It discusses the concept of identity and the link between robust identity systems and financial inclusion, highlighting the role that lack of identity plays in facilitating financial exclusion in SSA. It defines biometrics, unpacking the role of biometrics in the identity space and how biometrics can be a strong identifier. It looks at the use cases for biometrics as well as the barriers to the successful implementation of biometric identity schemes in SSA. Lastly, it presents a roadmap for implementing biometric identity in Africa to guide regulators, industry players and donors on how to best go about the process.
This publication is available through Cenfri’s website.
“We’ve lost control of our personal data”, Sir Tim Berners-Lee, inventor of the World Wide Web, said in March 2017. The widespread collection of data has led to the rise of data asymmetry and, consequently, consumer trust is low. Some would argue that it has led to the prioritization of profit over privacy. Consumers believe cybersecurity and privacy risks are amongst the biggest risks facing society. The ramifications should not be overlooked by corporates and investors.
In our first Citi GPS report on ePrivacy and Data Protection (Who Watches the Watchers?, March 2017), we highlighted that the focus on data privacy is on the rise and forthcoming changes to regulation in the European Union (this year), will fundamentally alter the risk/reward of using data and, with it, alter the perception of the long-term opportunity from data.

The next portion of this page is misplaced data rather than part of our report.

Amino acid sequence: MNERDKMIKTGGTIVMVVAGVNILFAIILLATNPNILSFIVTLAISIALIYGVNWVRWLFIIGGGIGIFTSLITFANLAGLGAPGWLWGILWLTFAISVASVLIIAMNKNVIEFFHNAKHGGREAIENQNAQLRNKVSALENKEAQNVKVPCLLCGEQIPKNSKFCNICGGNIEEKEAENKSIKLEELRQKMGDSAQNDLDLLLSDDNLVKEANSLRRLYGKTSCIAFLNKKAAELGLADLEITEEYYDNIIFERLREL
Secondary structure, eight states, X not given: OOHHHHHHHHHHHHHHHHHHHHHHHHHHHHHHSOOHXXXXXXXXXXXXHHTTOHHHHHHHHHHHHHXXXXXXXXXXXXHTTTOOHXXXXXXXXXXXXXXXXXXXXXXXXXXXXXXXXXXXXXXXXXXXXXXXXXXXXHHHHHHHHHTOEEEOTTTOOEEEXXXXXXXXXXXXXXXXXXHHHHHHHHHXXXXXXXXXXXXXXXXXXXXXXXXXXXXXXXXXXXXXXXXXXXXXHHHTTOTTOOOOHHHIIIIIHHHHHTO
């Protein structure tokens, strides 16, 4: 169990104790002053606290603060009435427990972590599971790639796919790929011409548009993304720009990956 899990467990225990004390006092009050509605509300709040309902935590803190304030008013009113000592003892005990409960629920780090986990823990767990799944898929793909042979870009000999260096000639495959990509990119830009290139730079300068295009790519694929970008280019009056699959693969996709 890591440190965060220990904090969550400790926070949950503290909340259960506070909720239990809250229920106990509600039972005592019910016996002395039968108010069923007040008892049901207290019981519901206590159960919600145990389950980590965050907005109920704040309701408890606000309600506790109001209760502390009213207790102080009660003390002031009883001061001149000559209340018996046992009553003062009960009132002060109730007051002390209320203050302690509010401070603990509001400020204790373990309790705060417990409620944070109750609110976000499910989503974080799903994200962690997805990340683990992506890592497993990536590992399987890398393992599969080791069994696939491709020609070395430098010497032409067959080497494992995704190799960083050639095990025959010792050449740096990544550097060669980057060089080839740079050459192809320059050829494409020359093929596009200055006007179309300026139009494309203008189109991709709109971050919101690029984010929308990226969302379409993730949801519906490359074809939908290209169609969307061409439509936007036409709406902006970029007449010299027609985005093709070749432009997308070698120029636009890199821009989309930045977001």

In this follow-up GPS report, with Europe’s General Data Protection Regulation (GDPR) less than a month away, we consider how prepared consumers, corporates, and regulators are for the tightening regulatory landscape. More broadly, we consider what the potential implications could be as we move from an environment where organizations have become accustomed to untrammeled access to data, to one where data minimization and transparency presides, consumers are empowered to take more control of personal data, and organizations are forced to think carefully about their use of data. To investigate this we surveyed those involved in implementing the GDPR across a range of organizations and conducted a series of interviews with industry experts from Telefónica, Schibsted, Zalando, and specialist consultancies.
The majority of companies believe they will have to change how consumer data is used which brings with it rising costs (i.e., of compliance). Trust plays a fundamental role and unless consumers believe the value trade is beneficial, access to personal data could fall as consumers are prepared to use their enhanced rights. The application of the regulation (unintentionally) favors those closest to the consumer and large companies vs. small companies. Murky data supply chains are set to see a shakeout.
Advertising funded models have been one of the key planks supporting the Internet’s development and the online advertising industry appears to be right at the heart of the challenges that regulation presents. As one survey respondent commented: “The range of plausible outcomes includes total destruction of the online ad ecosystem in Europe all the way to a minor blip.”
Companies claim to be well prepared for the EU regulation change. The 25th of May is D-Day, when the regulation will come into effect, but this is not going to be the end of the process. In fact, it may well be the start of a step change in the approach to data protection regulation globally. We worry corporates and investors are being complacent about the risks.